Best Linux Git GUI/Browser

Since moving to Linux, I’ve also moved to Git (from SVN) and have found it to be a reliable friend that, as a technology, is a significant step up from SVN. But, as a usable productivity tool, I definitely felt the sting of Git’s “hardcore h4x0r” roots in its lack of a GUI that is in the same league as Tortoise SVN. rubyminegitcrop

But there is hope. And it comes from the unlikeliest of sources: my IDE, Rubymine.

Rubymine’s Git integration is superb. It supports hierarchical browsing of your current branch, in exactly the manner of Tortoise. It also offers:

  • Directory-based, graphical means to be able to revert changed files or directories
  • Ability to see a history of changes to a file (and return to an older specific version, if desired) along with one-click access to visual diff
  • Ability to mass merge files in different branches by batch selecting them and choosing a merge method (i.e., “Use branch A version” or “Use branch B version”… it also supports manual merging via a graphical merge tool)
  • One click comparison of your current file to the current repository file

In a nutshell, nearly all of the efficiencies that TortoiseSVN provided as a graphical source control tool for Subversion, Rubymine provides for Git. With one exception — that I have implored the creators of Rubymine to consider adding — the ability to see the history for a directory (rather than a file) within your project. Knowing the crack team of Rubymine developers, the feature will probably be on the way soon, but even before its arrival, they’ve still managed to build the best pound-for-pound Git graphical interface I’ve been able to uncover.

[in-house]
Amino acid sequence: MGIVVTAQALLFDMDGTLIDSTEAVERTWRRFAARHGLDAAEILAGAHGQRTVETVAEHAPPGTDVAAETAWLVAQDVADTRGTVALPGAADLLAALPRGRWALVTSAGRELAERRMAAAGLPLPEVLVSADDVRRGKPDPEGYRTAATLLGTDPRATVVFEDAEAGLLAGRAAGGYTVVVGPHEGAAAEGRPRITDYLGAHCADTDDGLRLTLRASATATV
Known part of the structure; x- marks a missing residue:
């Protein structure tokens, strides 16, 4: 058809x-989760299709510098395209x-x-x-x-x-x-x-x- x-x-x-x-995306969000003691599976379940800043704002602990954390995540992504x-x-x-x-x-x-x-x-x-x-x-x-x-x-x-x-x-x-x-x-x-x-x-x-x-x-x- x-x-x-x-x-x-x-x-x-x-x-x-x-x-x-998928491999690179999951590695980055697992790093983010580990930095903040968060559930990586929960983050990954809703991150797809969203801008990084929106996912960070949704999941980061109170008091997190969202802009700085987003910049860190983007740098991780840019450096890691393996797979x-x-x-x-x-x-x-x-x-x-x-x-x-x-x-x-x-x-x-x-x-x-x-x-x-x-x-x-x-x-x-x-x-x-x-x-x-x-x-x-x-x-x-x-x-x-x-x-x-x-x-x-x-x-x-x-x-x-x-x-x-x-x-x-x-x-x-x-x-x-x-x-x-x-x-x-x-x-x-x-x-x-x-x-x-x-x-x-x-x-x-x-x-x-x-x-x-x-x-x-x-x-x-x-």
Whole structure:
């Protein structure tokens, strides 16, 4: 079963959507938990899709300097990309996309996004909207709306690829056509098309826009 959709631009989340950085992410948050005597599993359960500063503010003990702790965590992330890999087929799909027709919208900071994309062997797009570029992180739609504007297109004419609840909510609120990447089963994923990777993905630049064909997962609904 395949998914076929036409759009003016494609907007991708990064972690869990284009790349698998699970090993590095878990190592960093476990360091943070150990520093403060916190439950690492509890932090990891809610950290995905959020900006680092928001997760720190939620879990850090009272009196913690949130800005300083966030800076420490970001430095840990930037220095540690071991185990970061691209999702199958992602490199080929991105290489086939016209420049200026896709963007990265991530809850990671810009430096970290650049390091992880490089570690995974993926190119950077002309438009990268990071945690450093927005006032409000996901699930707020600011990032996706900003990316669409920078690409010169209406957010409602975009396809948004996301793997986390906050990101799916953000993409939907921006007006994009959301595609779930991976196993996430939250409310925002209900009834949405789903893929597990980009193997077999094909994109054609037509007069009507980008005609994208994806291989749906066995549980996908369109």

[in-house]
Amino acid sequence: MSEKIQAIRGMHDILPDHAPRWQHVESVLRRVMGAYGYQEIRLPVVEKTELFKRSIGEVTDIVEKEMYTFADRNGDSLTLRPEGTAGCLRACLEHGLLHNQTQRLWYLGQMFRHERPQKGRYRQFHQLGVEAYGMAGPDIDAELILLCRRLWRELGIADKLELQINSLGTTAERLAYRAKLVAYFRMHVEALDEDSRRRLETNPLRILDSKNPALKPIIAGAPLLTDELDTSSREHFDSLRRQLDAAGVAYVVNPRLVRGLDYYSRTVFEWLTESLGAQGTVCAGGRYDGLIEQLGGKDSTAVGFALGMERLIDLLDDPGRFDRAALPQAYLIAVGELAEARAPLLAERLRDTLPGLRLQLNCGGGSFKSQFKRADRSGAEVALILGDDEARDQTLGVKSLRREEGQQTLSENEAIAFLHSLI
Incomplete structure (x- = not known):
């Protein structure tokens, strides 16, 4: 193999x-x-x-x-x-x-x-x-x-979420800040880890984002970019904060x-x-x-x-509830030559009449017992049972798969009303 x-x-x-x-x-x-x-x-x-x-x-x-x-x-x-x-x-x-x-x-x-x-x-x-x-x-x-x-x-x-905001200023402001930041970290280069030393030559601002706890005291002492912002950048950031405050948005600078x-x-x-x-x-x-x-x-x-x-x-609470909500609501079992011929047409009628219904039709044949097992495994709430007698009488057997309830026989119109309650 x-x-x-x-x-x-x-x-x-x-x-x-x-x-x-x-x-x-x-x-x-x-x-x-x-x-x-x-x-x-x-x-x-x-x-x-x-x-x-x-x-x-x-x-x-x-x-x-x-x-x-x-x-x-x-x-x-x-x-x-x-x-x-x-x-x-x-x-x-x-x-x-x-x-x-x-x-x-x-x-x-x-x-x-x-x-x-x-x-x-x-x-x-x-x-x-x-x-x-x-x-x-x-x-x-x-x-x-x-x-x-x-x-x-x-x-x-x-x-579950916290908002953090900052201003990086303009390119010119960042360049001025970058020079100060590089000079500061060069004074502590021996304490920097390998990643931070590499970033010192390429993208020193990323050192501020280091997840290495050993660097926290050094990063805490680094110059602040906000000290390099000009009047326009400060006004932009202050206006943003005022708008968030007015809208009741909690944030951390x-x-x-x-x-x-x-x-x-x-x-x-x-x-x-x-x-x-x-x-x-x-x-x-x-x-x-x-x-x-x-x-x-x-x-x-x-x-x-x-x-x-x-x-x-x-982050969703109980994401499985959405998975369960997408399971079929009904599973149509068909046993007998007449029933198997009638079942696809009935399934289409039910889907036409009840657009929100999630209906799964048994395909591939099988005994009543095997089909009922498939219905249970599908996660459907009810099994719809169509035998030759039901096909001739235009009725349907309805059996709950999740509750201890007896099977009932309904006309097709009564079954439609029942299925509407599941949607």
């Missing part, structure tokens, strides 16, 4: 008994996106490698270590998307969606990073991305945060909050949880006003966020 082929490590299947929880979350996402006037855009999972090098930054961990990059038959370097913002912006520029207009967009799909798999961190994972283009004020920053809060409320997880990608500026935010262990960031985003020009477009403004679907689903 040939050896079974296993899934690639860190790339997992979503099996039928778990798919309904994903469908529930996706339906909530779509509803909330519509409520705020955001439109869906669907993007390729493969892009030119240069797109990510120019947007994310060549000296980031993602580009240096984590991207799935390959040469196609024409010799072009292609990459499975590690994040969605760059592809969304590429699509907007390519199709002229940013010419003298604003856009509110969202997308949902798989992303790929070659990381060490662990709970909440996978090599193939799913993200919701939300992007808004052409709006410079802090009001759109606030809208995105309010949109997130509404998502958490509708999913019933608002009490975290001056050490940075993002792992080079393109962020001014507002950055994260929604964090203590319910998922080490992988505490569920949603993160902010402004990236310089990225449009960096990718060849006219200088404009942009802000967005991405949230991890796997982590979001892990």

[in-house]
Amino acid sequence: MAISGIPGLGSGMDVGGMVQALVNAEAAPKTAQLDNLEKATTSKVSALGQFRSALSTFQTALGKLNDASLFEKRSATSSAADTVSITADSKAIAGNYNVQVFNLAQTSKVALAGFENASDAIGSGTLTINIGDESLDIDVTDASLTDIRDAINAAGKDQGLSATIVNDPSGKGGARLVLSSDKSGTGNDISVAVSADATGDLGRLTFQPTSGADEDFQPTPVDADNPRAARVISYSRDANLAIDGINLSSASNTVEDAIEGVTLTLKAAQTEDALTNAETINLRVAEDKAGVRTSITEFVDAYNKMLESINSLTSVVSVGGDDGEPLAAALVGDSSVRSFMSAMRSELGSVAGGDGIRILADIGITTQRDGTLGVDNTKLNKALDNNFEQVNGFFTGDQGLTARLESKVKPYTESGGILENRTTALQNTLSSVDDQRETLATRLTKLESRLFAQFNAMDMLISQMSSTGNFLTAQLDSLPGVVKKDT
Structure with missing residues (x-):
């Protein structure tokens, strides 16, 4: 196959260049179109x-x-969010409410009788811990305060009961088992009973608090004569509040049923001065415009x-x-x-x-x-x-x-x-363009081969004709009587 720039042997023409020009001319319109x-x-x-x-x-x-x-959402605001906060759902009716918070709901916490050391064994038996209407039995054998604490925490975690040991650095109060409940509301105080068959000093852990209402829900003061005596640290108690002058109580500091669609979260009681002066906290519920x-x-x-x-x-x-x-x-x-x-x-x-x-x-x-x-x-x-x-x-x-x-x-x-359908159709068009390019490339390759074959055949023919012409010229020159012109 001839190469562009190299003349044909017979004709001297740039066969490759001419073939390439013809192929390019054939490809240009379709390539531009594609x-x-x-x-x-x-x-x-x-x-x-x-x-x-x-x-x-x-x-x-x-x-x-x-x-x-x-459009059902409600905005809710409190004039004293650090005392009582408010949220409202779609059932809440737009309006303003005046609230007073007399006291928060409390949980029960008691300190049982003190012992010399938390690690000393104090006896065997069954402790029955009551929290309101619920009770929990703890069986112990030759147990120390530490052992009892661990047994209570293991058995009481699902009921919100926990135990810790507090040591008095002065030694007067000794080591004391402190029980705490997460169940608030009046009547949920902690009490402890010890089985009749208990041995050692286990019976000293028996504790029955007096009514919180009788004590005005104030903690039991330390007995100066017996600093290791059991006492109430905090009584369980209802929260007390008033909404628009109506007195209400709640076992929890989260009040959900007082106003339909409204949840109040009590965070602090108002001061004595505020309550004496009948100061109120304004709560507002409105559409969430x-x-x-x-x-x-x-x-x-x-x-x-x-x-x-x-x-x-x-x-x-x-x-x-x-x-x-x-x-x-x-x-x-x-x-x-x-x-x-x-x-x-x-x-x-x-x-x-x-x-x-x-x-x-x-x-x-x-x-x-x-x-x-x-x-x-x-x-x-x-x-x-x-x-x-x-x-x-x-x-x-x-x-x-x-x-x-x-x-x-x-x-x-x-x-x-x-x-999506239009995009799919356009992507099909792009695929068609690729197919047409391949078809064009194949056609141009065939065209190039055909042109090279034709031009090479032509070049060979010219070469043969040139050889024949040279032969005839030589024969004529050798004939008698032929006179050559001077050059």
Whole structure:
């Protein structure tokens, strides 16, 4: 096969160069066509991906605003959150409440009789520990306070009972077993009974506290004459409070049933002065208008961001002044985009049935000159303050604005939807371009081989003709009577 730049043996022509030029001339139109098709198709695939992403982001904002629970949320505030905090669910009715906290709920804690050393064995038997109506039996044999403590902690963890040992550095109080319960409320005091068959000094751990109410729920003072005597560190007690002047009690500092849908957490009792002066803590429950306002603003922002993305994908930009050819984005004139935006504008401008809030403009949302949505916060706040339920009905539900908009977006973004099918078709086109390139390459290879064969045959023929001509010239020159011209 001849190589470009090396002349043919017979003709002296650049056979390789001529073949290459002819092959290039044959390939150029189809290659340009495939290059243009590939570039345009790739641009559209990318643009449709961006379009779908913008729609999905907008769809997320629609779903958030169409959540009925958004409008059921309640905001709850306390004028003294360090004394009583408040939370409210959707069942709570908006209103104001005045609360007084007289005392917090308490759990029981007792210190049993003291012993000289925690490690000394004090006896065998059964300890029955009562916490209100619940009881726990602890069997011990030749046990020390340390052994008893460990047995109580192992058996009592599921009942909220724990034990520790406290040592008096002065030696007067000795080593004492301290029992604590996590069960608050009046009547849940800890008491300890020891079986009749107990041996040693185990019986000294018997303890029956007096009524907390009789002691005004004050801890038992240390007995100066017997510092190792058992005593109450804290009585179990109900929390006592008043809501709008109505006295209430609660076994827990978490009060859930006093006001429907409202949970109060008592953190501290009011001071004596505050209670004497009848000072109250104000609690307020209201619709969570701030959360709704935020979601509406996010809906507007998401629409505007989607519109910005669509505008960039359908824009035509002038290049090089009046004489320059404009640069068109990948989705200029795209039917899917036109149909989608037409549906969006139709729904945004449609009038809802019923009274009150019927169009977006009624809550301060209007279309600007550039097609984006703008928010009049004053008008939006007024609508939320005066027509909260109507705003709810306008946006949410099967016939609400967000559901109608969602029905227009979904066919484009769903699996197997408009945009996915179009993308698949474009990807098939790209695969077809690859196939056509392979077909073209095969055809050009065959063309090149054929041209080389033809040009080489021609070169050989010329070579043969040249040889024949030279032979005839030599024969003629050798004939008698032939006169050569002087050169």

9 Replies to “Best Linux Git GUI/Browser”

  1. Git comes with a GUI called gitk (still pretty h4x0r oriented). If you’re on a mac there is an opensource GUI called GitX (more user friendly and polished) which is excellent.

  2. @Vladimir: IMHO Rubymine on Linux is God’s gift to GUIs. I think it might be my single favorite development tool I’ve ever used, and I’ve used a lot of them over 10 years of programming many languages.

    And I give it that endorsement even as there are a handful of issues that I’ve lobbied the Rubymine creators to tweak around. Even with some imperfections here and there, Rubymine is still the best Ruby GUI I’ve ever used by a factor of… lots. (For perspective: I think Visual Studio is the second best GUI I’ve used, though it’s pretty weak when it comes to Ruby, even with using Ruby in Steel)

  3. @Justin: Thanks for the tips. I’m on Linux, so I don’t think GitX is available. I have Giggle and Cola installed, but neither are much more useful than the command line. (And both pale in comparison to Rubymine as a Git tool)

  4. @Bill
    I agree with you about Rubymine. I was happy when I’ve discovered this tool and I like its integrated railscasts theme (just for pleasure). Now I think about moving to Linux as you did.

  5. @Arno nyhm
    The upcoming version 3 of SmartGit raise the bar of git GUI really high. We use a rebase workflow, so it’s nice to have a gui that allow more advanced feature, like rebasing, squashing, edit a commit message, undo a commit, manage multiple remote, etc …

    The diff tool is also really nice.

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